Obama commutes sentences of 22 drug offenders

Obama commutes sentences of 22 drug offenders

WASHINGTON - US President Barack Obama on Tuesday reduced the jail terms of 22 drug offenders, part of a drive to address fairness in sentencing.

The inmates, many sentenced to decades or life imprisonment for cocaine-related offences, will be freed on July 28.

"I am granting your application because you have demonstrated the potential to turn your life around," Obama wrote in letters to the 22 individuals.

"I believe in your ability to prove the doubters wrong." The White House said many of those convicted had been sent to prison using "an outdated sentencing regime." "They served years - in some cases more than a decade - longer than individuals convicted today of the same crime," said White House Counsel Neil Eggleston.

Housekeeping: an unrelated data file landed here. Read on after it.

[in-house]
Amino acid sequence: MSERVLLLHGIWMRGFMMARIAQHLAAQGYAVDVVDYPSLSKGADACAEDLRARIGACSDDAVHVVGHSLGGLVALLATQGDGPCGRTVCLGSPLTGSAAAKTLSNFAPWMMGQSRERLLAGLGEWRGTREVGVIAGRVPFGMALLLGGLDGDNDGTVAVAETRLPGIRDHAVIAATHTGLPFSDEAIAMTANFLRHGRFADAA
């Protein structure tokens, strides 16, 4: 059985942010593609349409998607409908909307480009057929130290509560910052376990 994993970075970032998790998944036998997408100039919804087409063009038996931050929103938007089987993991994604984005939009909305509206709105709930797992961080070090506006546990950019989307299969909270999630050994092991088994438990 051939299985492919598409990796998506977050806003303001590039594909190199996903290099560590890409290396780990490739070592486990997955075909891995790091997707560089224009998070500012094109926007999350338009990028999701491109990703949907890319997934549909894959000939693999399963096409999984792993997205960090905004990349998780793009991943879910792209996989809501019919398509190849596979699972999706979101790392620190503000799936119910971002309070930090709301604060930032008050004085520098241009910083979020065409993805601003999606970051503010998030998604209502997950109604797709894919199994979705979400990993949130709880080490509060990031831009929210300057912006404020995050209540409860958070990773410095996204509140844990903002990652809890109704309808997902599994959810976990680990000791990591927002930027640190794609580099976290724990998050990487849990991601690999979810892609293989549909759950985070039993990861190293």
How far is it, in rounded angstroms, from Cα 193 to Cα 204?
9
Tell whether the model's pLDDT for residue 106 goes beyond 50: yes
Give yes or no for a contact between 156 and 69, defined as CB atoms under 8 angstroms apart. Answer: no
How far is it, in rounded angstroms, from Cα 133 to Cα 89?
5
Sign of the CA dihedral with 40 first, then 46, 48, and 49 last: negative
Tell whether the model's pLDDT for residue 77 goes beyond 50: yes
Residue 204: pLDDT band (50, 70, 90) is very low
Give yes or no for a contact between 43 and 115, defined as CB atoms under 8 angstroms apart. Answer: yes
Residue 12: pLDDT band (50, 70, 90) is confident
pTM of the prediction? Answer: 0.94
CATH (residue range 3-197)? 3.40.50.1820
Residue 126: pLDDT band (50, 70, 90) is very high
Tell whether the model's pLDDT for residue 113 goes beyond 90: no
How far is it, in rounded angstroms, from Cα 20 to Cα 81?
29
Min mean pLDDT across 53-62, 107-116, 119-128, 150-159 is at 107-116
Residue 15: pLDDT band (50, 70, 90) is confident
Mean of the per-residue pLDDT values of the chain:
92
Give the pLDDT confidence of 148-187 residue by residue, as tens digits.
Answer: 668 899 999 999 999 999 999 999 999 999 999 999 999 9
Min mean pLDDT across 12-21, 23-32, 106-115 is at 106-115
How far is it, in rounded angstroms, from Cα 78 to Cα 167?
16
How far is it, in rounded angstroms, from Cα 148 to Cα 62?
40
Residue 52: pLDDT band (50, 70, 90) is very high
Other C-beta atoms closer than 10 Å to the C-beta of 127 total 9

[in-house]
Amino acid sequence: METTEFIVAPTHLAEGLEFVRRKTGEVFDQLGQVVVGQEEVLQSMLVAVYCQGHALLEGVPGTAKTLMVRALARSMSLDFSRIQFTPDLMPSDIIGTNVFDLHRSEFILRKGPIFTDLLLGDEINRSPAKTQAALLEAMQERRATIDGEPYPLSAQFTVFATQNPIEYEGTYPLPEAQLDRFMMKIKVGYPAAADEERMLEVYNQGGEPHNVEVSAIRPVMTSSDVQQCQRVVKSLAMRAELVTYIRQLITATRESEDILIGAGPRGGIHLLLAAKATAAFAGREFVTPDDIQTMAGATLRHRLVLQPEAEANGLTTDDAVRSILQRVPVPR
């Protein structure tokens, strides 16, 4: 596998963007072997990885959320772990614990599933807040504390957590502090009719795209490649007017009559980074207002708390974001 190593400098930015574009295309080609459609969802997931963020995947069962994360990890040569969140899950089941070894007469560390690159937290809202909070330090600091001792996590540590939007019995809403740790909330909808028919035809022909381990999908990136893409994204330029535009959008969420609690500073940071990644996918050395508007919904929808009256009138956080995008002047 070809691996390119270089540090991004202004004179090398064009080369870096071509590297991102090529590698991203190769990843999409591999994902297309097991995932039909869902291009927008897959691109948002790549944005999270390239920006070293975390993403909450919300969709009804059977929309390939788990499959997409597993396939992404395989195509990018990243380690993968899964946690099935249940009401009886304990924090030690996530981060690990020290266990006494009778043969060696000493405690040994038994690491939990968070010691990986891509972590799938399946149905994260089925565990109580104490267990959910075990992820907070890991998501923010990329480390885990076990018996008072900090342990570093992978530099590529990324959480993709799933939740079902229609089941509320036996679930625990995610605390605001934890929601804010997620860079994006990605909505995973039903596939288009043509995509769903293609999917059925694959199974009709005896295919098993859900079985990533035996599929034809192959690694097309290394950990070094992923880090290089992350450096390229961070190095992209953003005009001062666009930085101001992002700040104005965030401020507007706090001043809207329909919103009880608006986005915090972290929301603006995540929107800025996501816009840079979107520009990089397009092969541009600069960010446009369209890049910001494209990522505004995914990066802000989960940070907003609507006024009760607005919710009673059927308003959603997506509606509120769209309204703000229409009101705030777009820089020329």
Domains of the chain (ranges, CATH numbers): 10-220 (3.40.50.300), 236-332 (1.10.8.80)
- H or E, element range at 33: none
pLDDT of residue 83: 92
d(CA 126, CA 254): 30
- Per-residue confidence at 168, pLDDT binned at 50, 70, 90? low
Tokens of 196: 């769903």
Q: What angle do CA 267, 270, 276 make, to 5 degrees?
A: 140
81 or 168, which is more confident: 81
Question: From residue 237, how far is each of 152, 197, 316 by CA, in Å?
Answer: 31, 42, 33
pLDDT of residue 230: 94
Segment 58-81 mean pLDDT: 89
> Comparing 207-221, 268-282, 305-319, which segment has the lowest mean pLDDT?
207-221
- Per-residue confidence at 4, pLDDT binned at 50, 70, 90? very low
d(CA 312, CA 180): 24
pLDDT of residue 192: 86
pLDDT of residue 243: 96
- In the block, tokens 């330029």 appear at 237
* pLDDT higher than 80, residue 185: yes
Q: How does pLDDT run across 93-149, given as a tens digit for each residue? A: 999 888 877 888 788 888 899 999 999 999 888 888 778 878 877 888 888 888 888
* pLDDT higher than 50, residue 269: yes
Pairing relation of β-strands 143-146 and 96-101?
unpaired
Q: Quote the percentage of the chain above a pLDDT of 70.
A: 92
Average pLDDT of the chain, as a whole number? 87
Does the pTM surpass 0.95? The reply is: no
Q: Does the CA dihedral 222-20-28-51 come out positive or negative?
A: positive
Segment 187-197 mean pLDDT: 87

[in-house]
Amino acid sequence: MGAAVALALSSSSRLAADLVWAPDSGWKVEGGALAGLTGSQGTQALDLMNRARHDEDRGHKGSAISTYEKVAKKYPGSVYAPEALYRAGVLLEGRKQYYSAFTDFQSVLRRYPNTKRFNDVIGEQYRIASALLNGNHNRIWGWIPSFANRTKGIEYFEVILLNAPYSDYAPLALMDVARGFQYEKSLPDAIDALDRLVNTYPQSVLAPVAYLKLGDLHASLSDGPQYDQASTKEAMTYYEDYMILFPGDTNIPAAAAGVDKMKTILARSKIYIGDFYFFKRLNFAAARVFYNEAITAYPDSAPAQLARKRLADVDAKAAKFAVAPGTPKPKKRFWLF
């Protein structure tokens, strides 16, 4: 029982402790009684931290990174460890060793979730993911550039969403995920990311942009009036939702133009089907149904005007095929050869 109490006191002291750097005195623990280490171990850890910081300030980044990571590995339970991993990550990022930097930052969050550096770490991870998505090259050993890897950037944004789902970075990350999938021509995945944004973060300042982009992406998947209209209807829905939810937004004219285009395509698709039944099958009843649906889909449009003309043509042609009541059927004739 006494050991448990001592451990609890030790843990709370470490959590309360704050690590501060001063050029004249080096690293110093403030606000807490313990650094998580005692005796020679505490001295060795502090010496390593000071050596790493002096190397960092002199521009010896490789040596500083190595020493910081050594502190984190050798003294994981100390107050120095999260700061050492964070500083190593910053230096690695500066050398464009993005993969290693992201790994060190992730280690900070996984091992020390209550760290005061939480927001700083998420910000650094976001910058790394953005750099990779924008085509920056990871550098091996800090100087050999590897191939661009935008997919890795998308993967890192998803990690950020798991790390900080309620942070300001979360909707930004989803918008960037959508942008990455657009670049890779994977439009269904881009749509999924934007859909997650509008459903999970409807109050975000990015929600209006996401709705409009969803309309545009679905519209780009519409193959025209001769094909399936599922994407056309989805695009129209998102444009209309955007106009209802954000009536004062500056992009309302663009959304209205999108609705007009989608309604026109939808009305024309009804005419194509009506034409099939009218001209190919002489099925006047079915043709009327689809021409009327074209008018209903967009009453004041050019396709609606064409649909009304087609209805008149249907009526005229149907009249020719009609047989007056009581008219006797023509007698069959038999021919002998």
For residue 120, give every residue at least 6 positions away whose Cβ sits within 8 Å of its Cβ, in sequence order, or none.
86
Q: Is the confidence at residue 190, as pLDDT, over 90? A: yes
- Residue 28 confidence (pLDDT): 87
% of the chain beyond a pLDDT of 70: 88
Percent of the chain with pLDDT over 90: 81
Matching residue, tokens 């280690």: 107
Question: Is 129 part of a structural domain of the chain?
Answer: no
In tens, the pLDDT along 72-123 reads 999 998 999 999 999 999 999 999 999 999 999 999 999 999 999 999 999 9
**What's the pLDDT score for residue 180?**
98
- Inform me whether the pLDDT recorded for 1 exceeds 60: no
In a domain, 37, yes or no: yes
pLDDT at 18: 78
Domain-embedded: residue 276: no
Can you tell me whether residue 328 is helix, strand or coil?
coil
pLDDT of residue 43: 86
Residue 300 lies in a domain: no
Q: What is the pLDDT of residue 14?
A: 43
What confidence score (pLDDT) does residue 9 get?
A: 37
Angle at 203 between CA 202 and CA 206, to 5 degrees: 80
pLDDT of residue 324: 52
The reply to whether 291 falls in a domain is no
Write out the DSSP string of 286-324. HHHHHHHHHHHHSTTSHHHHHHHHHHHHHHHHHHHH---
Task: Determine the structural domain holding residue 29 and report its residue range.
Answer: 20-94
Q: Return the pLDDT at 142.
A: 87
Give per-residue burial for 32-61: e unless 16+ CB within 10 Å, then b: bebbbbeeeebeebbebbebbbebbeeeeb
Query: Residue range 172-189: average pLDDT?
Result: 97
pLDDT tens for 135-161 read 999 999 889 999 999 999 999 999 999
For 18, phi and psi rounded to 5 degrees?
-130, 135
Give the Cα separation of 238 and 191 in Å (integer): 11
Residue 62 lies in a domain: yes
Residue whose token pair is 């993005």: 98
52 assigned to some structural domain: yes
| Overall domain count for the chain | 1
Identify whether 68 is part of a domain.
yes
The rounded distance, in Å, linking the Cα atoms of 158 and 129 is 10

The White House said it wanted to encourage non-violent offenders who have a clean prison record and were sentenced under out-of-date laws to come forward.

Obama has now granted 43 commutations compared to President George W. Bush's 11.

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